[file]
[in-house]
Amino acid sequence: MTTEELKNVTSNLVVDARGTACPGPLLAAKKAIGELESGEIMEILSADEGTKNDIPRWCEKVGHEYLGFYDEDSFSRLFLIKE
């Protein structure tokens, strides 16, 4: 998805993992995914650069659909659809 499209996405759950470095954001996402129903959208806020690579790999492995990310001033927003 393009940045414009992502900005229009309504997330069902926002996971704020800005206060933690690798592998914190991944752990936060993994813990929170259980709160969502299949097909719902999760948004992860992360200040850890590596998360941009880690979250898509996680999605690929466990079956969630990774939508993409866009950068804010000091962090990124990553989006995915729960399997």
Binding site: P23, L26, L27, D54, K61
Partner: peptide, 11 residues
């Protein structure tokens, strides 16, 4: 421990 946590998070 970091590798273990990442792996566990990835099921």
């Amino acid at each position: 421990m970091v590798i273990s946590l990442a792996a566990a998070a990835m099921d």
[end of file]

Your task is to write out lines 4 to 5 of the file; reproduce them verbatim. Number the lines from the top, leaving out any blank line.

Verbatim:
Binding site: P23, L26, L27, D54, K61
Partner: peptide, 11 residues